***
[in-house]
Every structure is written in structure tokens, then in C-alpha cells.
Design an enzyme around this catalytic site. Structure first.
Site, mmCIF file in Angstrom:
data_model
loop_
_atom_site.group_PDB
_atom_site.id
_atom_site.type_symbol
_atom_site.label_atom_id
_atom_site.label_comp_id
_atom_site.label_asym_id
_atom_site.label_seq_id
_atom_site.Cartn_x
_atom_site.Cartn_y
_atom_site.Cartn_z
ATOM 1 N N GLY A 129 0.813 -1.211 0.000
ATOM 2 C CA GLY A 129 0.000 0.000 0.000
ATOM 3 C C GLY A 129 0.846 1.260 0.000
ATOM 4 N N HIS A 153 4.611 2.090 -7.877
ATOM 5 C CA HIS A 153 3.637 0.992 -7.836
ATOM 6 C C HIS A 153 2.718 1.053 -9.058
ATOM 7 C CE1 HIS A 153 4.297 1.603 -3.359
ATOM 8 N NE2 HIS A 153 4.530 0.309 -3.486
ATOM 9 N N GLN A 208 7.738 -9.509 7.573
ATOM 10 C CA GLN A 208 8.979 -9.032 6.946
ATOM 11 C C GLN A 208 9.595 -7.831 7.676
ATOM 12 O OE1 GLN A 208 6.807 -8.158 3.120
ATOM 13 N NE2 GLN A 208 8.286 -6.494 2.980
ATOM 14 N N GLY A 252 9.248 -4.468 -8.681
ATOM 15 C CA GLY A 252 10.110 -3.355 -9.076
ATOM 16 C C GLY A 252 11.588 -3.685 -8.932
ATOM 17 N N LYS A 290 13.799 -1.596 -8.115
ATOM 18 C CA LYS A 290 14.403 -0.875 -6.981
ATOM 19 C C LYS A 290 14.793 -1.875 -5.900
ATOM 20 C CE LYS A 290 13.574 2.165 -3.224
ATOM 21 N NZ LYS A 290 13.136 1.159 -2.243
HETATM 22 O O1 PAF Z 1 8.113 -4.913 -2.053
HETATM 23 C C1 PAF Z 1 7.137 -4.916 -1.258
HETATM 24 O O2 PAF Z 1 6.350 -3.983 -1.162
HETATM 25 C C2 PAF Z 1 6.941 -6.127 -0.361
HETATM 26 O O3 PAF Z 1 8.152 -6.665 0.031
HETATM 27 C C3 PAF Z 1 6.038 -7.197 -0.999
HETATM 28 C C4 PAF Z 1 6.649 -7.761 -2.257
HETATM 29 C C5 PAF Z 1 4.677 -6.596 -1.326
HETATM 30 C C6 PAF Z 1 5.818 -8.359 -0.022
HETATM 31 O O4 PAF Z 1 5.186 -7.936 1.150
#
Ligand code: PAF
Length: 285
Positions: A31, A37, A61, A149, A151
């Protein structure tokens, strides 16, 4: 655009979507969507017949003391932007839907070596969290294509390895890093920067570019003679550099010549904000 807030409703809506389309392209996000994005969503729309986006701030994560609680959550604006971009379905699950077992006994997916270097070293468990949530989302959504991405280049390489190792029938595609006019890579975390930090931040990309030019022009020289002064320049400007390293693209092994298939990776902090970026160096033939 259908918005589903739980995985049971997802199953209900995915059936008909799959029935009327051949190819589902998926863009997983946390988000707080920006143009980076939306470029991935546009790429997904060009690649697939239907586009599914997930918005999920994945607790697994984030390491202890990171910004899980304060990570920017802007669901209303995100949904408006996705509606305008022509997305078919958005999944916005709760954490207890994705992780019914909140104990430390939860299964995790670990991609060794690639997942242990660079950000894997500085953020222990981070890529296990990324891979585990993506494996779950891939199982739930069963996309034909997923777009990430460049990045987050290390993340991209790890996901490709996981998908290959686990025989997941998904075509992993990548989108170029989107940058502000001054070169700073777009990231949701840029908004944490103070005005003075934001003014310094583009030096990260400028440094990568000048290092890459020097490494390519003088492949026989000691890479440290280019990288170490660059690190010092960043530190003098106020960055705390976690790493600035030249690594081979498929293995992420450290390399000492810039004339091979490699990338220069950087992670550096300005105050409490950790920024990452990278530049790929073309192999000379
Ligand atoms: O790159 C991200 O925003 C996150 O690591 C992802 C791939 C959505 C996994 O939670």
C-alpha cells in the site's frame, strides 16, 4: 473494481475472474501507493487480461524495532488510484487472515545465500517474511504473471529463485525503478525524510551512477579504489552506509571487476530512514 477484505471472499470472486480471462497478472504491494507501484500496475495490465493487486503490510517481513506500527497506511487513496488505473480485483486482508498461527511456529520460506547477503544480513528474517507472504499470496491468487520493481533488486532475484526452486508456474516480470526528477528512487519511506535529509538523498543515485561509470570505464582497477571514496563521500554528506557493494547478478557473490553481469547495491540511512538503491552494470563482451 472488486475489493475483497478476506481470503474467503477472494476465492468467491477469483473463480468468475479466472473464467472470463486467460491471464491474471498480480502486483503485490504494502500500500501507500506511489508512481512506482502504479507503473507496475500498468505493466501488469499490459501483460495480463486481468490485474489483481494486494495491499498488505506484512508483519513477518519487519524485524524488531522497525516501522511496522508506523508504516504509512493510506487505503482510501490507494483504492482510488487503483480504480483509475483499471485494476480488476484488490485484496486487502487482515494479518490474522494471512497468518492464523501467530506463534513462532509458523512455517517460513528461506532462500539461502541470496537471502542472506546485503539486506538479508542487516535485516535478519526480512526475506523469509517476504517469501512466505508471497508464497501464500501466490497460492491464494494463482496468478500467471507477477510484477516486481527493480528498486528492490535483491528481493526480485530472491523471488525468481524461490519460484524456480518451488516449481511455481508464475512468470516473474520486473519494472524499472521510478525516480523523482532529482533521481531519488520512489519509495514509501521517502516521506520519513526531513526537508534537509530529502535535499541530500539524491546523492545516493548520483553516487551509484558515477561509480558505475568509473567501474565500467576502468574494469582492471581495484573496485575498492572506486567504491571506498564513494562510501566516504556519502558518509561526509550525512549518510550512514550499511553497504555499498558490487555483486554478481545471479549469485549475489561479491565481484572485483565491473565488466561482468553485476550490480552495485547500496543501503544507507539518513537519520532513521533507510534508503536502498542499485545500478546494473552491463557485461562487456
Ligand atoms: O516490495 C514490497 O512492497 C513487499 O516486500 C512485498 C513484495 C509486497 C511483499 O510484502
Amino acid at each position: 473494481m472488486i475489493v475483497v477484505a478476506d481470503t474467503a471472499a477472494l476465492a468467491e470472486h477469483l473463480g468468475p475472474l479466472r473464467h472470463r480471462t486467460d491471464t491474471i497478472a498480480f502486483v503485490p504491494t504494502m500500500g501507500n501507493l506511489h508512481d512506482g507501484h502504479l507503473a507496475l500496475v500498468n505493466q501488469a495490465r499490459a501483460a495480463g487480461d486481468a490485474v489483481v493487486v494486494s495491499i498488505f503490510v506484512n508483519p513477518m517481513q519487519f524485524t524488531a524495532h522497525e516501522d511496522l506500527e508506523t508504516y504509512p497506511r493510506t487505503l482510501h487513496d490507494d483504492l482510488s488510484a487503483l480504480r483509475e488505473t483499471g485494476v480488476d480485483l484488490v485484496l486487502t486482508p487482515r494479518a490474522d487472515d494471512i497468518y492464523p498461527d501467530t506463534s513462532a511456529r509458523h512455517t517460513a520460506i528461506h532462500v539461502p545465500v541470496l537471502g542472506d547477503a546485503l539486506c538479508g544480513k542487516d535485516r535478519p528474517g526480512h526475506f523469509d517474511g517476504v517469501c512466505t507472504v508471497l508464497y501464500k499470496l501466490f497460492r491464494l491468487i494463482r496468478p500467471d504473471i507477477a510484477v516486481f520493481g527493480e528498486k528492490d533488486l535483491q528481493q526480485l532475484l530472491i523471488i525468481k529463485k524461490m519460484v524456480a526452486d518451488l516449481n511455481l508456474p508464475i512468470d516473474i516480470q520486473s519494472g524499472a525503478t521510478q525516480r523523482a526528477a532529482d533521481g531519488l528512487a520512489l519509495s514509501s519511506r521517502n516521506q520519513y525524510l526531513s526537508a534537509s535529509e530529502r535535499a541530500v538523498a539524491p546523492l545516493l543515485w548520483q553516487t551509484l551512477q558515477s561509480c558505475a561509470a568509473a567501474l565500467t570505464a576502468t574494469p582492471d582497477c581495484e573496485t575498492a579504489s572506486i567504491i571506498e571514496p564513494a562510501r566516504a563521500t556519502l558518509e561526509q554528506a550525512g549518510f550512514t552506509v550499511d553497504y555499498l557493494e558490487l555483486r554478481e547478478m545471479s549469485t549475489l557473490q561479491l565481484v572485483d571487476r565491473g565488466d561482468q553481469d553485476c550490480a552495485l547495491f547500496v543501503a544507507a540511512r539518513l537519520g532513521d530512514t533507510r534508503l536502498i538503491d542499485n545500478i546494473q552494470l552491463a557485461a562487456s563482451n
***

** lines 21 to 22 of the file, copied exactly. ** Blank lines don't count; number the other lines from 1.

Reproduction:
ATOM 5 C CA HIS A 153 3.637 0.992 -7.836
ATOM 6 C C HIS A 153 2.718 1.053 -9.058